President Donald Trump is preparing for his first foreign trip as president, on which he will do something no president before him has done.
"No president has ever visited the homelands and holy sites of the Jewish, Christian, and Muslims faiths all on one trip," said National Security Adviser H. R. McMaster.
On Trump's ambitious first foreign trip, he will be doing just that. According to Newser, the president will be visiting Saudi Arabia, Israel, and the Vatican, as well as attending a NATO meeting in Belgium and then the G7 summit in Sicily, during his nine-day trip.
"What President Trump is seeking is to unite peoples of all faiths around a common vision of peace, progress and prosperity," McMaster said.
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The first stop on Trump's trip is Saudi Arabia, where he is expected to address the leaders of about 50 Muslim countries in Riyadh. The topic of the speech is the "need to confront radical ideology" and the president's "hope for a peaceful vision of Islam to dominate across the world," CNN reports.
McMaster said that the speech is "intended to unite the broader Muslim world against common enemies of all civilization and to demonstrate our commitment to our Muslim partners."
Elliott Abrams, the supervisor of former President George W. Bush's Middle East policy, says that in his speech, Trump will have to navigate between "very dangerous portals," adding: "If he says nothing about Islamic extremism, then supporters at home will say he bit his tongue; if he says too much about it, he would conceivably offend some of those who are there."
Next on the trip will be Israel, where Trump plans to visit the Western Wall and the town of Bethlehem. He reportedly planned a speech, but the plans were canceled after Israel declined to allow a helicopter to land at the ancient hilltop site of Masada.
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According to Newser, a source told The Jerusalem Post that Trump will not propose a peace plan during his time in Israel on this trip, but that he may state his opposition the expansion of Israeli settlement. He will also lay a wreath at Yad Vashem, Jerusalem's memorial to Holocaust victims, before giving a speech at the Israel Museum.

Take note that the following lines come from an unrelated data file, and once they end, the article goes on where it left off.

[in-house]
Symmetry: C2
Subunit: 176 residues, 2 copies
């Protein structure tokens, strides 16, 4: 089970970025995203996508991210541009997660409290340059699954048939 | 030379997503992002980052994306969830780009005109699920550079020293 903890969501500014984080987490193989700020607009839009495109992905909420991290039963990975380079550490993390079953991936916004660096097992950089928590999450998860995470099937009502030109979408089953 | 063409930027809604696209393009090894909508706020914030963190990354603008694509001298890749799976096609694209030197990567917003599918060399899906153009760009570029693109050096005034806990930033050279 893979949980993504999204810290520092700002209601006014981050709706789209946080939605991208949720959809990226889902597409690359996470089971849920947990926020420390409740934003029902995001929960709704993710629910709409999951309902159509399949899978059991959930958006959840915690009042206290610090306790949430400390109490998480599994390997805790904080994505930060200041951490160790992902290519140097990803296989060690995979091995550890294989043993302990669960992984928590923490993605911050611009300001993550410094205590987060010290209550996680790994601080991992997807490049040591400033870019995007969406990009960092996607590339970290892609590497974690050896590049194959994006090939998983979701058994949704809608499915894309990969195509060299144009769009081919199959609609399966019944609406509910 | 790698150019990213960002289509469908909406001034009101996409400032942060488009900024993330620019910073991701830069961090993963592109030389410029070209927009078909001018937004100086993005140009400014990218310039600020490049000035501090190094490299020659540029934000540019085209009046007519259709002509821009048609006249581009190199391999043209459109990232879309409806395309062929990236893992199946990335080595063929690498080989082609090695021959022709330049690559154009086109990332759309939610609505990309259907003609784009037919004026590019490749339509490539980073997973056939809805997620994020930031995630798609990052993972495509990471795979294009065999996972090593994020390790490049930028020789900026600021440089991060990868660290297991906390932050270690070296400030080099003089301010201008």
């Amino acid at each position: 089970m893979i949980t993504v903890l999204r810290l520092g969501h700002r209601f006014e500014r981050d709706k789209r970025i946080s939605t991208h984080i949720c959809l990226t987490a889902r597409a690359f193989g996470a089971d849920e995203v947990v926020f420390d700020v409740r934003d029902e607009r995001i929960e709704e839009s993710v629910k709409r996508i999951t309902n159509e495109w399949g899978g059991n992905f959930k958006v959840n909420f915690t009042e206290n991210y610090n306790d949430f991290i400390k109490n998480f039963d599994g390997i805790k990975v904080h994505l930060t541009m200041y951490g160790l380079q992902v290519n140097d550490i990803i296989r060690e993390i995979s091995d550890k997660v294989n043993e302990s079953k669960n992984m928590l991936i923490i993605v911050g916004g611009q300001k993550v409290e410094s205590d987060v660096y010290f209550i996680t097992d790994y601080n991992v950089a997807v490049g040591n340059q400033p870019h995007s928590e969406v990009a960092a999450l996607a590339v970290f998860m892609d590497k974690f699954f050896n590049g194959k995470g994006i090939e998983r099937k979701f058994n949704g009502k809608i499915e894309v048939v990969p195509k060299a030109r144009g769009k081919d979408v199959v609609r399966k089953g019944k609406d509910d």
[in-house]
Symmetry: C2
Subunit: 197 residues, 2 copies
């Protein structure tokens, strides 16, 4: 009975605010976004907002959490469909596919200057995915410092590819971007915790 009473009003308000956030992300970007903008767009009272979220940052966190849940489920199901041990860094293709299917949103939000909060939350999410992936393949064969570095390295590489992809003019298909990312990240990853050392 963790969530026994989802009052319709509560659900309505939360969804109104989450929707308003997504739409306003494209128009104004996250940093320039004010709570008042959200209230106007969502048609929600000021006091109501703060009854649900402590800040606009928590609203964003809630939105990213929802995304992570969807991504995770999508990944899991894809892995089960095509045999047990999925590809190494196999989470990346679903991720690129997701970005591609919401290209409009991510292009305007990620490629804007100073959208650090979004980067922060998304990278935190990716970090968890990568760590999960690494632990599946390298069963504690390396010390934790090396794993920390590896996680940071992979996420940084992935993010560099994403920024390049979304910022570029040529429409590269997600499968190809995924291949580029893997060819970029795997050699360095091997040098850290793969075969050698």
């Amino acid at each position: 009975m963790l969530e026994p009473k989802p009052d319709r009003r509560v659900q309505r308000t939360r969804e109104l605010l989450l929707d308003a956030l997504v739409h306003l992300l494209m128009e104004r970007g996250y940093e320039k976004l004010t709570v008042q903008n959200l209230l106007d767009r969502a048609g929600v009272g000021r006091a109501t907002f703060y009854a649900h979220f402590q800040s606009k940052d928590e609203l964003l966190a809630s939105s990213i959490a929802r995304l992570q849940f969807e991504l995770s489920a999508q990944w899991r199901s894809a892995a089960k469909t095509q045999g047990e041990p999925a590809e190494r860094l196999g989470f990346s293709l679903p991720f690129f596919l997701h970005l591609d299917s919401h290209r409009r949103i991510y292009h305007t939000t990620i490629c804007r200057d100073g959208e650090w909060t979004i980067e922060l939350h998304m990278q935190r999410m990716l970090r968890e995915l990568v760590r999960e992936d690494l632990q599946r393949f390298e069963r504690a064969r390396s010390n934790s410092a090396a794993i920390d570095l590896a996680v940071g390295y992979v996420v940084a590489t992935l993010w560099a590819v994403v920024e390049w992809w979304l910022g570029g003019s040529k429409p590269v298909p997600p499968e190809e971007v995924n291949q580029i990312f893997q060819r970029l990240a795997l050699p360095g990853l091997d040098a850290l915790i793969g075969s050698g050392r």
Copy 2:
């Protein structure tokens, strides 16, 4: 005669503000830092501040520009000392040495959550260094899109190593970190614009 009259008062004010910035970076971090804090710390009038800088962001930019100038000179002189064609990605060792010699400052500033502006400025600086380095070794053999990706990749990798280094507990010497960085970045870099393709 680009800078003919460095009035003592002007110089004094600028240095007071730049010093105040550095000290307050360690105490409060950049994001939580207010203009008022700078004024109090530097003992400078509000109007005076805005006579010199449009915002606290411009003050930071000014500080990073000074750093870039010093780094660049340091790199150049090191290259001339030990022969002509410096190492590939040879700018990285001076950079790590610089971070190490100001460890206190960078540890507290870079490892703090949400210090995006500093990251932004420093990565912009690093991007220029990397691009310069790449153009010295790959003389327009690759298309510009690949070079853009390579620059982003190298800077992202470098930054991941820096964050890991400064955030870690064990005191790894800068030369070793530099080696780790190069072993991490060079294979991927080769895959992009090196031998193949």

From Israel, Trump will head to Europe, where he is expected to meet with Pope Francis at the Vatican, as well as a number of other leaders and heads of state.
According to Newser, sources have told The New York Times Trump has complained to friends that he is not looking forward to taking the trip.
Critics of Trump fear that during his trip, he may make a blunder that could cause issues with foreign leaders.
Larry Sabato, the head of the University of Virginia Center for Politics, says that there has never been a president who has made a first foreign trip amid so much controversy.
"He's already a president viewed skeptically by much of the world," Sabato told The Associated Press, according to Newser. "And while pictures from the trip may be great, the White House can't change the headlines that will follow him wherever he does."
Others feel that the trip will be a good opportunity for the president.
Foreign policy expert James Carofano of the Heritage Foundation told The Washington Post that he feels the foreign trip will be an opportunity for Trump to have a fresh start after a tumultuous several months in Washington.
"The great thing about a trip, they control the environment, you control the interaction, you control the agenda and you control the press access," Carofano said. "If you fumble on one of these trips, it’s nobody’s fault but your own."
Trump will be joined on the trip by his wife, Melania Trump, who will attend the G7 summit and NATO spousal programs. She will also speak to American military families in Italy.
In a statement regarding the trip, Mrs. Trump said, "This will not just be an opportunity to support my husband as he works on important matters of national security and foreign relations, it will also be my honor to visit and speak with women and children from different countries."